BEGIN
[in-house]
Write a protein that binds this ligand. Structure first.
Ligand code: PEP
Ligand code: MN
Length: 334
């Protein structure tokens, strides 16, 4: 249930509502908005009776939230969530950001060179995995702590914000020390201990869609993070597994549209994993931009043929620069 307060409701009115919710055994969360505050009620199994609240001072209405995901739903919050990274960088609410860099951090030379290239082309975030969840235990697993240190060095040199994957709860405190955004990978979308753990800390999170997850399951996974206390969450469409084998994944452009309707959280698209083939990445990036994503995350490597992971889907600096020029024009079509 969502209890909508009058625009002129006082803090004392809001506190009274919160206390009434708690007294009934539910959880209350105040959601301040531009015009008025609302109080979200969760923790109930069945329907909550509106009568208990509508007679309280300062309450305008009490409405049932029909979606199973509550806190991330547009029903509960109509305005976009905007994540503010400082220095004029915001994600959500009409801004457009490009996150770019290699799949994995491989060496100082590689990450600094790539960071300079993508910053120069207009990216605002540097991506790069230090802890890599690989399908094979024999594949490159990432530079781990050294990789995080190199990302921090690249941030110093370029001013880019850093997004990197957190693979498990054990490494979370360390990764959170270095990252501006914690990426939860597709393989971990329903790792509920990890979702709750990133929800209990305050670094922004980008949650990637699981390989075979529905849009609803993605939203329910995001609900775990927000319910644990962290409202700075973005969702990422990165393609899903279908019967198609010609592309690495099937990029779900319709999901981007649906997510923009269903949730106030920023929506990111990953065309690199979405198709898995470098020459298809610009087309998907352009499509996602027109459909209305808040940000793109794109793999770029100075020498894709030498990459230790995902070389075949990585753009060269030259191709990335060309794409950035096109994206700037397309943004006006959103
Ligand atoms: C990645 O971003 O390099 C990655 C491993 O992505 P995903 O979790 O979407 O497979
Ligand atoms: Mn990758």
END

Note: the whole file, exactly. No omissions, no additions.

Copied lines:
[in-house]
Write a protein that binds this ligand. Structure first.
Ligand code: PEP
Ligand code: MN
Length: 334
């Protein structure tokens, strides 16, 4: 249930509502908005009776939230969530950001060179995995702590914000020390201990869609993070597994549209994993931009043929620069 307060409701009115919710055994969360505050009620199994609240001072209405995901739903919050990274960088609410860099951090030379290239082309975030969840235990697993240190060095040199994957709860405190955004990978979308753990800390999170997850399951996974206390969450469409084998994944452009309707959280698209083939990445990036994503995350490597992971889907600096020029024009079509 969502209890909508009058625009002129006082803090004392809001506190009274919160206390009434708690007294009934539910959880209350105040959601301040531009015009008025609302109080979200969760923790109930069945329907909550509106009568208990509508007679309280300062309450305008009490409405049932029909979606199973509550806190991330547009029903509960109509305005976009905007994540503010400082220095004029915001994600959500009409801004457009490009996150770019290699799949994995491989060496100082590689990450600094790539960071300079993508910053120069207009990216605002540097991506790069230090802890890599690989399908094979024999594949490159990432530079781990050294990789995080190199990302921090690249941030110093370029001013880019850093997004990197957190693979498990054990490494979370360390990764959170270095990252501006914690990426939860597709393989971990329903790792509920990890979702709750990133929800209990305050670094922004980008949650990637699981390989075979529905849009609803993605939203329910995001609900775990927000319910644990962290409202700075973005969702990422990165393609899903279908019967198609010609592309690495099937990029779900319709999901981007649906997510923009269903949730106030920023929506990111990953065309690199979405198709898995470098020459298809610009087309998907352009499509996602027109459909209305808040940000793109794109793999770029100075020498894709030498990459230790995902070389075949990585753009060269030259191709990335060309794409950035096109994206700037397309943004006006959103
Ligand atoms: C990645 O971003 O390099 C990655 C491993 O992505 P995903 O979790 O979407 O497979
Ligand atoms: Mn990758």